Baul Songs
 

The Bauls are mystic minstrels living in rural Bangladesh and West Bengal, India. The Baul movement was at its peak in the nineteenth and early twentieth centuries, and has now become popular again among the rural population of Bangladesh. Their music and way of life have influenced a large swath of Bengali culture, most powerfully the compositions of Rabindranath Tagore.

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Bauls live either near a village or travel from village to village and earn their living from singing to the accompaniment of the ektara, a simple one-stringed instrument, and a drum called dubki. Bauls belong to an unorthodox devotional tradition, which has been influenced by Hinduism, Buddhism, Bengali Vasinavism and Sufi Islam, yet it is distinctly different from these. Bauls do not identify themselves with any organised religion nor with the caste system, special deities, temples or sacred places. Their emphasis lies on the importance of a person’s physical body as the place where God resides. Bauls are admired for this freedom from convention as well as their music and poetry. Baul poetry, music, song and dance are devoted to finding man’s relationship with God, and to achieving spiritual liberation. Their devotional songs can be dated back to the fifteenth century when they first appeared in Bengali literature.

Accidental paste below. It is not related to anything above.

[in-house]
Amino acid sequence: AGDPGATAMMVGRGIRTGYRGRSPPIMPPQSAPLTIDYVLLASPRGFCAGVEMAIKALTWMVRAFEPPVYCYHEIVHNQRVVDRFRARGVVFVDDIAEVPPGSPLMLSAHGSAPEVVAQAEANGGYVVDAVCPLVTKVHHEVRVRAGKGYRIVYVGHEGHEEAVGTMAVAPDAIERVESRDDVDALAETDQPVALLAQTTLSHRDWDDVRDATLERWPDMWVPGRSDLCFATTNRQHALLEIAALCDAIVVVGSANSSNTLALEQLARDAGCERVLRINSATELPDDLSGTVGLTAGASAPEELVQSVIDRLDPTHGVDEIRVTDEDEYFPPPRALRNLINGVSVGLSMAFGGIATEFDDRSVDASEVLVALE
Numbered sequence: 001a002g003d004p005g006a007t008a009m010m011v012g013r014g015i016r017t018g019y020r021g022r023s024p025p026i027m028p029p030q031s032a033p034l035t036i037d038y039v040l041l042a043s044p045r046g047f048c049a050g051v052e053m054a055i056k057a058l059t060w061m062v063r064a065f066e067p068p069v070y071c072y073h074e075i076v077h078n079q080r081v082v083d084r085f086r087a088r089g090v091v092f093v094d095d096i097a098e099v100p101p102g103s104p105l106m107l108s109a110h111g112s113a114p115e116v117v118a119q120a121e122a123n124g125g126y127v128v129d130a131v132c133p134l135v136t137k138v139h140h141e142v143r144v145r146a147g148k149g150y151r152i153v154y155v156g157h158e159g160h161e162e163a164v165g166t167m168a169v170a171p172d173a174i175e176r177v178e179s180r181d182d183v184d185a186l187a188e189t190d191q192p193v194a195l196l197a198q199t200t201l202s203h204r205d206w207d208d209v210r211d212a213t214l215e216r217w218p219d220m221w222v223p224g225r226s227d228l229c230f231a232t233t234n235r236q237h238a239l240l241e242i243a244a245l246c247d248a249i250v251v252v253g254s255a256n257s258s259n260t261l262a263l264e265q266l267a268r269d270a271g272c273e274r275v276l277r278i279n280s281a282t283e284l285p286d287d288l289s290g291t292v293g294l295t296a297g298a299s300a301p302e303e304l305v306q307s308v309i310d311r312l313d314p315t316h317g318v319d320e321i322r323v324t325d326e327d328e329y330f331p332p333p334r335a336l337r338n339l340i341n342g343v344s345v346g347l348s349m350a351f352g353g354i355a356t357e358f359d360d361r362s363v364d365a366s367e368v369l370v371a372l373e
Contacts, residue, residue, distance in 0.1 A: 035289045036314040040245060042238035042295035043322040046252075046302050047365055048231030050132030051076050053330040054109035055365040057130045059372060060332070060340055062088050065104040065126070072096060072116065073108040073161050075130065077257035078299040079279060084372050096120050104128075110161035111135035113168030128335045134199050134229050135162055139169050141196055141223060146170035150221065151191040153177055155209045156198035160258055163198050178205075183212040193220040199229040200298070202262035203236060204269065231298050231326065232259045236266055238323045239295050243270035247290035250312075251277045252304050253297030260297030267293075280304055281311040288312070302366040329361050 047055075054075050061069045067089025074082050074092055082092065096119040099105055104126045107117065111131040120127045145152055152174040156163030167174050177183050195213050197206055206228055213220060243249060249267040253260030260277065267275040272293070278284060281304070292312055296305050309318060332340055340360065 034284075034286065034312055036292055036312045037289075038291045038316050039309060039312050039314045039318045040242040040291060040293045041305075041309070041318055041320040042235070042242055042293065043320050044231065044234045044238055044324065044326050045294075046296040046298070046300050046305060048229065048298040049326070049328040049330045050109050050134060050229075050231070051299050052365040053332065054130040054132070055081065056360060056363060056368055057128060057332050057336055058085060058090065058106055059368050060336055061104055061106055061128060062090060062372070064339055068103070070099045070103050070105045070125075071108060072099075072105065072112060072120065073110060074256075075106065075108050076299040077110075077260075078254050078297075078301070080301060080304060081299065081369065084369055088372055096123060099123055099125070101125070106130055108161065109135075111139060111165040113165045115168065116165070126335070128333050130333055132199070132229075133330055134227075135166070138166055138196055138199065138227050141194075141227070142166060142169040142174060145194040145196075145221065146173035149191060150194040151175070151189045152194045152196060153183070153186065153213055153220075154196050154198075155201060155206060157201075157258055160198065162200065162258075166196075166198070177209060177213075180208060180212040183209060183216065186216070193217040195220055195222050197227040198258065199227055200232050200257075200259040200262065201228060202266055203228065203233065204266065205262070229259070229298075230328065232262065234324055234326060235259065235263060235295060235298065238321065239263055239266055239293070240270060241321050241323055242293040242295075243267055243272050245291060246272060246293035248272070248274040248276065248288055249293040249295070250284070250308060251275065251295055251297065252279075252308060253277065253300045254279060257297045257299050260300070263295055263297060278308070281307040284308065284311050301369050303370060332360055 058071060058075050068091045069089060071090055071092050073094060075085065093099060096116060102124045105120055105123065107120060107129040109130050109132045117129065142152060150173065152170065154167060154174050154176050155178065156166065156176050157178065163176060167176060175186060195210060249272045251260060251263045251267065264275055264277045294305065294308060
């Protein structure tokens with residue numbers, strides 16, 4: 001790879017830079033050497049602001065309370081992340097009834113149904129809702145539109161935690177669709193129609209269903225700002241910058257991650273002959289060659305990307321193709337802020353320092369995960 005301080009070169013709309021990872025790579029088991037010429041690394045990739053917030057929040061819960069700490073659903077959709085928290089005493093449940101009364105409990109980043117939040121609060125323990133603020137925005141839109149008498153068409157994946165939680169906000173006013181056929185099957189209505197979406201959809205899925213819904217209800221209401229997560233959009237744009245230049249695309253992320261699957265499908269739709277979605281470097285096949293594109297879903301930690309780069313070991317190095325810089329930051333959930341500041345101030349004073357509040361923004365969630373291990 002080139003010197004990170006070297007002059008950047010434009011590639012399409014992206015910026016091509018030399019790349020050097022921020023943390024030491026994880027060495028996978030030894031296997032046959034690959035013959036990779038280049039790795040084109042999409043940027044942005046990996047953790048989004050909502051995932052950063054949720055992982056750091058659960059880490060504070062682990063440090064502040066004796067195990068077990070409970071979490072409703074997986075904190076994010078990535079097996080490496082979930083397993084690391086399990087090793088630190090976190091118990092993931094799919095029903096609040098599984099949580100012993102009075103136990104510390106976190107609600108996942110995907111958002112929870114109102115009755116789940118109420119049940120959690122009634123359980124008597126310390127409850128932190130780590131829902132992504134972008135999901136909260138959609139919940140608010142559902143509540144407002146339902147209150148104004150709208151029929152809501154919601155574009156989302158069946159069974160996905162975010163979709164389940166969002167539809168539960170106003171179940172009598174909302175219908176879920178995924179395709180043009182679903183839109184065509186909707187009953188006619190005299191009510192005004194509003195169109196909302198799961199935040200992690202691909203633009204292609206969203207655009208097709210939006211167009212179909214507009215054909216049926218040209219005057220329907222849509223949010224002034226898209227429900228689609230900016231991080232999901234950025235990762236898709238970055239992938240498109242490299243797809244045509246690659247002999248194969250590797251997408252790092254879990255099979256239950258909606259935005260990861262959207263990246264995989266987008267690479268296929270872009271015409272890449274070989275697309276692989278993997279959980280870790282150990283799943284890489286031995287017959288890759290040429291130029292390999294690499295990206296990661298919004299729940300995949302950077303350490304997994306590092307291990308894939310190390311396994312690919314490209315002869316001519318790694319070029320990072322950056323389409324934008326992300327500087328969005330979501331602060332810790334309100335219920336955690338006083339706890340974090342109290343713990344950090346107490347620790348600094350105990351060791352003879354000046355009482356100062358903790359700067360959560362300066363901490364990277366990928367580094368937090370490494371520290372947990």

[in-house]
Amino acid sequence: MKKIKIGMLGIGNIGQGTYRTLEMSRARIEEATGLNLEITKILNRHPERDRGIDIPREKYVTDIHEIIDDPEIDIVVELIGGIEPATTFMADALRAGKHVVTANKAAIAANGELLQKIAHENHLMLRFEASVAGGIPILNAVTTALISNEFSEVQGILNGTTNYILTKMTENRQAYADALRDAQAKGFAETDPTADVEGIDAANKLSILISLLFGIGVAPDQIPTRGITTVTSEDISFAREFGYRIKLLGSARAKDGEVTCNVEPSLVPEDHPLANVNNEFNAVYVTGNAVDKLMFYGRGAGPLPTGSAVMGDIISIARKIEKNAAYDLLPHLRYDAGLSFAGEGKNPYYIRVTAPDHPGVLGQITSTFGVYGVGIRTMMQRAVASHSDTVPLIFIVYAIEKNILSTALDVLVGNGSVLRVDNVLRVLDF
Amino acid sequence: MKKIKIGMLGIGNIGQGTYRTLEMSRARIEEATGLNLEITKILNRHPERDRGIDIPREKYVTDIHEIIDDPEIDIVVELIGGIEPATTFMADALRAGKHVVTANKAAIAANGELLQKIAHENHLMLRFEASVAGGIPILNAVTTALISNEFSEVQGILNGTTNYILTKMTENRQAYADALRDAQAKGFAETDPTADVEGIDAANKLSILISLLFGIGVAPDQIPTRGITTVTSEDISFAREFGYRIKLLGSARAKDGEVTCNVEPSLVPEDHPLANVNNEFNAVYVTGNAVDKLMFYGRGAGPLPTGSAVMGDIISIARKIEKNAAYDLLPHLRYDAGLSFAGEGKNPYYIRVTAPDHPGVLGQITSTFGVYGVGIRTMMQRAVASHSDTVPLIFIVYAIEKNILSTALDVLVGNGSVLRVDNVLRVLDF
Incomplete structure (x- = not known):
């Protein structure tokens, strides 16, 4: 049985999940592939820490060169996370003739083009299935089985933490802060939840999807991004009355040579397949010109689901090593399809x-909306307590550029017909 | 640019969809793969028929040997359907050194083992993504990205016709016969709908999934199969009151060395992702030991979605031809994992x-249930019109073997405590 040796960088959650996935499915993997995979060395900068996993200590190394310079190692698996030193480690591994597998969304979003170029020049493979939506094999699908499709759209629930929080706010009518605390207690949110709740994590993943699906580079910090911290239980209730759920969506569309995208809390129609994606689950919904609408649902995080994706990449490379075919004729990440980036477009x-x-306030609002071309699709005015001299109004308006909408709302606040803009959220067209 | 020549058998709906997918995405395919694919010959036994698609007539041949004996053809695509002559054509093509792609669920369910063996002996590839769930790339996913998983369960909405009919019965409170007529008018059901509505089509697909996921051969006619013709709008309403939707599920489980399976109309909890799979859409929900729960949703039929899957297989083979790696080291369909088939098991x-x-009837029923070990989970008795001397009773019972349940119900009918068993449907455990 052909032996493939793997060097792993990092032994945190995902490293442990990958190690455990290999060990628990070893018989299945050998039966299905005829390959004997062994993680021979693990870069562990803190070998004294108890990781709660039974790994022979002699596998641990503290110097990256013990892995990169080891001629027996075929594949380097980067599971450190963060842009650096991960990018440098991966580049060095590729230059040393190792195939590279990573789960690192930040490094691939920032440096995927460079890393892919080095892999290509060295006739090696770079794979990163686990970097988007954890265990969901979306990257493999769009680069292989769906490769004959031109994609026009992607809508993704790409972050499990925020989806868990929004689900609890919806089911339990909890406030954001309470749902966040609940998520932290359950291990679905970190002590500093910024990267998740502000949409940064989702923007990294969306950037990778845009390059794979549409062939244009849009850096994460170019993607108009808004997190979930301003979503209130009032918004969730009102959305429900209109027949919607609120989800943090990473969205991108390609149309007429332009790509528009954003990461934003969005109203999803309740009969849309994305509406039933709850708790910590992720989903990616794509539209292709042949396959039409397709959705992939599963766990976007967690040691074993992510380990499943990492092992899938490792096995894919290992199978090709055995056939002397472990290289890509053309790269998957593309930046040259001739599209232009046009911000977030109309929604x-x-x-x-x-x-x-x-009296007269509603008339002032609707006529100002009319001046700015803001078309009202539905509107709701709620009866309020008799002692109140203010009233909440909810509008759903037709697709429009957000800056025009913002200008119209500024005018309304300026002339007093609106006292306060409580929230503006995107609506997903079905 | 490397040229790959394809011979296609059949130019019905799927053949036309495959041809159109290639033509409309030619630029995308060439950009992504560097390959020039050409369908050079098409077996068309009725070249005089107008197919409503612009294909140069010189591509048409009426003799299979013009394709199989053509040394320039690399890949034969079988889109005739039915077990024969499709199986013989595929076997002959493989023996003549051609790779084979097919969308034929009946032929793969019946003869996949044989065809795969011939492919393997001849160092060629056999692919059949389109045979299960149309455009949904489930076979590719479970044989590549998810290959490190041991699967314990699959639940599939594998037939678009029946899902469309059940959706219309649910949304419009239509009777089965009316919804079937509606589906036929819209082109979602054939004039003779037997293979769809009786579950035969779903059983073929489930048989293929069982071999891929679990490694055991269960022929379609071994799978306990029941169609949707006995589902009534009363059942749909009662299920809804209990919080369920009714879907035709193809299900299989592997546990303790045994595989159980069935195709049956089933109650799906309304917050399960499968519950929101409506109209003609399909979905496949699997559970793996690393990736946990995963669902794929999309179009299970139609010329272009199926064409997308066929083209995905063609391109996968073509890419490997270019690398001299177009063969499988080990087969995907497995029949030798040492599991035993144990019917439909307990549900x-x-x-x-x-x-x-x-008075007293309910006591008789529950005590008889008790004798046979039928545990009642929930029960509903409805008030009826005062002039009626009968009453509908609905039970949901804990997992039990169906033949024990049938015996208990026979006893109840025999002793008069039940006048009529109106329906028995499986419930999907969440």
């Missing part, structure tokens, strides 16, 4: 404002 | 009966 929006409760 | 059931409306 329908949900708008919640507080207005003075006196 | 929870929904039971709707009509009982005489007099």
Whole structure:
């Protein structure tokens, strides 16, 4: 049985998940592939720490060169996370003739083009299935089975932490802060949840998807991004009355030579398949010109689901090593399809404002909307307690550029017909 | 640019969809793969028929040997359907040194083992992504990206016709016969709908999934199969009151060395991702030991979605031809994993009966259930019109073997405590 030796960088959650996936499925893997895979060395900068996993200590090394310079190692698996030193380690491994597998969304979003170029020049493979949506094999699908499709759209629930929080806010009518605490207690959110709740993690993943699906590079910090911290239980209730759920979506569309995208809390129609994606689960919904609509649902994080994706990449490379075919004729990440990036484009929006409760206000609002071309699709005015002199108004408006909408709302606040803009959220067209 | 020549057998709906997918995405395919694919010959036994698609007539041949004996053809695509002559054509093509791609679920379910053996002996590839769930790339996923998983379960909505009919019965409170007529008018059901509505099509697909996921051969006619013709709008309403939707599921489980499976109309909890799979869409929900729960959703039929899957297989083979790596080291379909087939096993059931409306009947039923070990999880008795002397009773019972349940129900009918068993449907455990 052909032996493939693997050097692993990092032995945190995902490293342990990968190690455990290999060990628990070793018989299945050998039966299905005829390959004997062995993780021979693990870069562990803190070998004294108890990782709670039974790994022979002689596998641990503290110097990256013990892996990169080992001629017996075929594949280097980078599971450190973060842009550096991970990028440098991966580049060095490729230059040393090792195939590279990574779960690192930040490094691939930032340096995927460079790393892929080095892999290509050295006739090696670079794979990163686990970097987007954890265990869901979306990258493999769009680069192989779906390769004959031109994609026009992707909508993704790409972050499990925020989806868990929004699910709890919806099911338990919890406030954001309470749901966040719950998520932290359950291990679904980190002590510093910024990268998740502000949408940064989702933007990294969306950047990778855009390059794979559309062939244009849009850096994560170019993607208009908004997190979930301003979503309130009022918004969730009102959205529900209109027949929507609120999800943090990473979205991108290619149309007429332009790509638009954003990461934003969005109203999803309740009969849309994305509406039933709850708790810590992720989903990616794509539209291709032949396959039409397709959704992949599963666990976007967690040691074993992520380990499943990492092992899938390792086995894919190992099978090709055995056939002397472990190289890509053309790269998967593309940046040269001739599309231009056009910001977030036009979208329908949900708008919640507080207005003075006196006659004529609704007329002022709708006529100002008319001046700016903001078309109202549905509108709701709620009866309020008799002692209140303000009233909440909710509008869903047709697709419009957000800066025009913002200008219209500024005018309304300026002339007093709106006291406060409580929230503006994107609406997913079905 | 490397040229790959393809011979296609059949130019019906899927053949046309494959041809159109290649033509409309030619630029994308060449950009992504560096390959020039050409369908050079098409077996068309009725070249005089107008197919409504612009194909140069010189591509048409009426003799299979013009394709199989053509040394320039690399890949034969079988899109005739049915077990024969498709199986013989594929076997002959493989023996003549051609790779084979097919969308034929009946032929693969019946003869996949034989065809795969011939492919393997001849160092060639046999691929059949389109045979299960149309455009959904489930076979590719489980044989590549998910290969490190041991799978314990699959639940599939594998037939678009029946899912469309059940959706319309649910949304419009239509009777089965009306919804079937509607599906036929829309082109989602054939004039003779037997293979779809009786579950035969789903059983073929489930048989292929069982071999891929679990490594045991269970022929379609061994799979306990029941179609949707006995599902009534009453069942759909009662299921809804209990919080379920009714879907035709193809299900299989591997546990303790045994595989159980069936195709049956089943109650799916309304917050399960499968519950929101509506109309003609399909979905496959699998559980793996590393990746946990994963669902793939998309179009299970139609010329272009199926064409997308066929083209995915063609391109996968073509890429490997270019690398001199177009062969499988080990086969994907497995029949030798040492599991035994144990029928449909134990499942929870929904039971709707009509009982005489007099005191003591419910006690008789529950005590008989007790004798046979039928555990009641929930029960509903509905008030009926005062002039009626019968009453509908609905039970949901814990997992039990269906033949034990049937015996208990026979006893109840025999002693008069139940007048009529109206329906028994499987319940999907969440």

Baul music represents a particular type of folk song, carrying influences of Hindu bhakti movements as well as the shuphi, a form of Sufi song. It is mainly sung in open air amidst the village audience. Songs are also used for instruction by the guru to teach his disciple in Baul philosophy, being transmitted orally from singer to singer. The language of the songs is continuously modernized thus giving it current relevance and meaning.

The maintenance of the Baul songs and the general context in which they are performed depend mainly on the social and economic situation of their practitioners, the Bauls. These have always been a relatively marginalized group, but their situation has worsened in recent decades due to the general impoverishment of rural Bangladesh. Village people as the main audience for Baul poets no longer have the means to support Bauls with part of their earnings.